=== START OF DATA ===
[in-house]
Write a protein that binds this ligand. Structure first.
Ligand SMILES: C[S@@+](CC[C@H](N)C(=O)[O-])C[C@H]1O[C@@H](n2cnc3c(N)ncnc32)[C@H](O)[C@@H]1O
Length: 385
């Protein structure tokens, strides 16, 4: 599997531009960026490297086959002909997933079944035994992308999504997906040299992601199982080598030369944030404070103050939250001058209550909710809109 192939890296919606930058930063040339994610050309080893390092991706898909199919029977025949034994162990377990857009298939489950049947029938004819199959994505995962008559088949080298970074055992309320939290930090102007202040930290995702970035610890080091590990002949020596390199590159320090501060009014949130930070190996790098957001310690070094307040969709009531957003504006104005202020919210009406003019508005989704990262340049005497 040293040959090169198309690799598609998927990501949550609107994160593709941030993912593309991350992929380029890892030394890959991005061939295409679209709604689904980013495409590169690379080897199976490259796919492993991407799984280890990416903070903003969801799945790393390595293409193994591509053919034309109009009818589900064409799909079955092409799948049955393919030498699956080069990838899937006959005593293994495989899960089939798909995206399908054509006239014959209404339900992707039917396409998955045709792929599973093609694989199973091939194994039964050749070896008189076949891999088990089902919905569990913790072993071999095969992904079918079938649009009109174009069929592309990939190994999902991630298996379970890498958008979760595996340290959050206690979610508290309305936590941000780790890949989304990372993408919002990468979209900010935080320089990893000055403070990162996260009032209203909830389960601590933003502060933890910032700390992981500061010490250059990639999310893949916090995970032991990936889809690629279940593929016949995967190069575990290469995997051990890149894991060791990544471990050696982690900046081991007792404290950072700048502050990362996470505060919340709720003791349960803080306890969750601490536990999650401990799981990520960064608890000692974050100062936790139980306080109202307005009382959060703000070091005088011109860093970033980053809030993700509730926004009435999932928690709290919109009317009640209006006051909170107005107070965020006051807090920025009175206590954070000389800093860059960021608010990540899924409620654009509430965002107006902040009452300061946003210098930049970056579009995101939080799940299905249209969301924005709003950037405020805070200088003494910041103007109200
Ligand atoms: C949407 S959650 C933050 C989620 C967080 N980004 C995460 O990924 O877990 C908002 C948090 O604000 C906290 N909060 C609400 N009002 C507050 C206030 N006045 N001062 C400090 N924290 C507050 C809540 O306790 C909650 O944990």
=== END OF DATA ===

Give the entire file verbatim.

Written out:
[in-house]
Write a protein that binds this ligand. Structure first.
Ligand SMILES: C[S@@+](CC[C@H](N)C(=O)[O-])C[C@H]1O[C@@H](n2cnc3c(N)ncnc32)[C@H](O)[C@@H]1O
Length: 385
């Protein structure tokens, strides 16, 4: 599997531009960026490297086959002909997933079944035994992308999504997906040299992601199982080598030369944030404070103050939250001058209550909710809109 192939890296919606930058930063040339994610050309080893390092991706898909199919029977025949034994162990377990857009298939489950049947029938004819199959994505995962008559088949080298970074055992309320939290930090102007202040930290995702970035610890080091590990002949020596390199590159320090501060009014949130930070190996790098957001310690070094307040969709009531957003504006104005202020919210009406003019508005989704990262340049005497 040293040959090169198309690799598609998927990501949550609107994160593709941030993912593309991350992929380029890892030394890959991005061939295409679209709604689904980013495409590169690379080897199976490259796919492993991407799984280890990416903070903003969801799945790393390595293409193994591509053919034309109009009818589900064409799909079955092409799948049955393919030498699956080069990838899937006959005593293994495989899960089939798909995206399908054509006239014959209404339900992707039917396409998955045709792929599973093609694989199973091939194994039964050749070896008189076949891999088990089902919905569990913790072993071999095969992904079918079938649009009109174009069929592309990939190994999902991630298996379970890498958008979760595996340290959050206690979610508290309305936590941000780790890949989304990372993408919002990468979209900010935080320089990893000055403070990162996260009032209203909830389960601590933003502060933890910032700390992981500061010490250059990639999310893949916090995970032991990936889809690629279940593929016949995967190069575990290469995997051990890149894991060791990544471990050696982690900046081991007792404290950072700048502050990362996470505060919340709720003791349960803080306890969750601490536990999650401990799981990520960064608890000692974050100062936790139980306080109202307005009382959060703000070091005088011109860093970033980053809030993700509730926004009435999932928690709290919109009317009640209006006051909170107005107070965020006051807090920025009175206590954070000389800093860059960021608010990540899924409620654009509430965002107006902040009452300061946003210098930049970056579009995101939080799940299905249209969301924005709003950037405020805070200088003494910041103007109200
Ligand atoms: C949407 S959650 C933050 C989620 C967080 N980004 C995460 O990924 O877990 C908002 C948090 O604000 C906290 N909060 C609400 N009002 C507050 C206030 N006045 N001062 C400090 N924290 C507050 C809540 O306790 C909650 O944990």